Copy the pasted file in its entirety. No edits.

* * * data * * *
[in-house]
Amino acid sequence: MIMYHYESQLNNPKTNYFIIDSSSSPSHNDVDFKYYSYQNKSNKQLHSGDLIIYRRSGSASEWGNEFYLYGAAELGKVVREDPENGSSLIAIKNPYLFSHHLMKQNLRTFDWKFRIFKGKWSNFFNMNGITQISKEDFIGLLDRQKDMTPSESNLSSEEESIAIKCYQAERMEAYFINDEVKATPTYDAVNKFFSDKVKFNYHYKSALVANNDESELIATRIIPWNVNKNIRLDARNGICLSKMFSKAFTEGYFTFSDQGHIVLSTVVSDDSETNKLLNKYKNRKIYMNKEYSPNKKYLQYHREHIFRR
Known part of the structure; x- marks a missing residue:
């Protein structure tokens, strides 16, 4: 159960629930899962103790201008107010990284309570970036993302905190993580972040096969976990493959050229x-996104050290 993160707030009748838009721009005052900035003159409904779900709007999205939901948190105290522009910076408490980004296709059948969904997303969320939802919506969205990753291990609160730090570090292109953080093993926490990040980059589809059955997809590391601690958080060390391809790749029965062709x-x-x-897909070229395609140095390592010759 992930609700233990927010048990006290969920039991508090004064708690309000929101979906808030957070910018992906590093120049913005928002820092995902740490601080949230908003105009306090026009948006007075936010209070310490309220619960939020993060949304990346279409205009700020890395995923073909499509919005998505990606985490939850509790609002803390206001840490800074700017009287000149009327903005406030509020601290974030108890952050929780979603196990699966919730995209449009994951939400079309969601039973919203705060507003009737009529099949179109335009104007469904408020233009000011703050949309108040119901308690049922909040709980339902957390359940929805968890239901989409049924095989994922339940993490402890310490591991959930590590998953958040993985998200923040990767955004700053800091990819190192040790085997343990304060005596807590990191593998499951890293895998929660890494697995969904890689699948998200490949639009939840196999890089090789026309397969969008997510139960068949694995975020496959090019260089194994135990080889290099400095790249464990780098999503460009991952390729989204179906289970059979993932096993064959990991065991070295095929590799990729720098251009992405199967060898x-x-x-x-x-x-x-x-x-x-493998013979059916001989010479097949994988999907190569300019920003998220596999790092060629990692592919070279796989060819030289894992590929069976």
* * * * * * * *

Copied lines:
[in-house]
Amino acid sequence: MIMYHYESQLNNPKTNYFIIDSSSSPSHNDVDFKYYSYQNKSNKQLHSGDLIIYRRSGSASEWGNEFYLYGAAELGKVVREDPENGSSLIAIKNPYLFSHHLMKQNLRTFDWKFRIFKGKWSNFFNMNGITQISKEDFIGLLDRQKDMTPSESNLSSEEESIAIKCYQAERMEAYFINDEVKATPTYDAVNKFFSDKVKFNYHYKSALVANNDESELIATRIIPWNVNKNIRLDARNGICLSKMFSKAFTEGYFTFSDQGHIVLSTVVSDDSETNKLLNKYKNRKIYMNKEYSPNKKYLQYHREHIFRR
Known part of the structure; x- marks a missing residue:
């Protein structure tokens, strides 16, 4: 159960629930899962103790201008107010990284309570970036993302905190993580972040096969976990493959050229x-996104050290 993160707030009748838009721009005052900035003159409904779900709007999205939901948190105290522009910076408490980004296709059948969904997303969320939802919506969205990753291990609160730090570090292109953080093993926490990040980059589809059955997809590391601690958080060390391809790749029965062709x-x-x-897909070229395609140095390592010759 992930609700233990927010048990006290969920039991508090004064708690309000929101979906808030957070910018992906590093120049913005928002820092995902740490601080949230908003105009306090026009948006007075936010209070310490309220619960939020993060949304990346279409205009700020890395995923073909499509919005998505990606985490939850509790609002803390206001840490800074700017009287000149009327903005406030509020601290974030108890952050929780979603196990699966919730995209449009994951939400079309969601039973919203705060507003009737009529099949179109335009104007469904408020233009000011703050949309108040119901308690049922909040709980339902957390359940929805968890239901989409049924095989994922339940993490402890310490591991959930590590998953958040993985998200923040990767955004700053800091990819190192040790085997343990304060005596807590990191593998499951890293895998929660890494697995969904890689699948998200490949639009939840196999890089090789026309397969969008997510139960068949694995975020496959090019260089194994135990080889290099400095790249464990780098999503460009991952390729989204179906289970059979993932096993064959990991065991070295095929590799990729720098251009992405199967060898x-x-x-x-x-x-x-x-x-x-493998013979059916001989010479097949994988999907190569300019920003998220596999790092060629990692592919070279796989060819030289894992590929069976």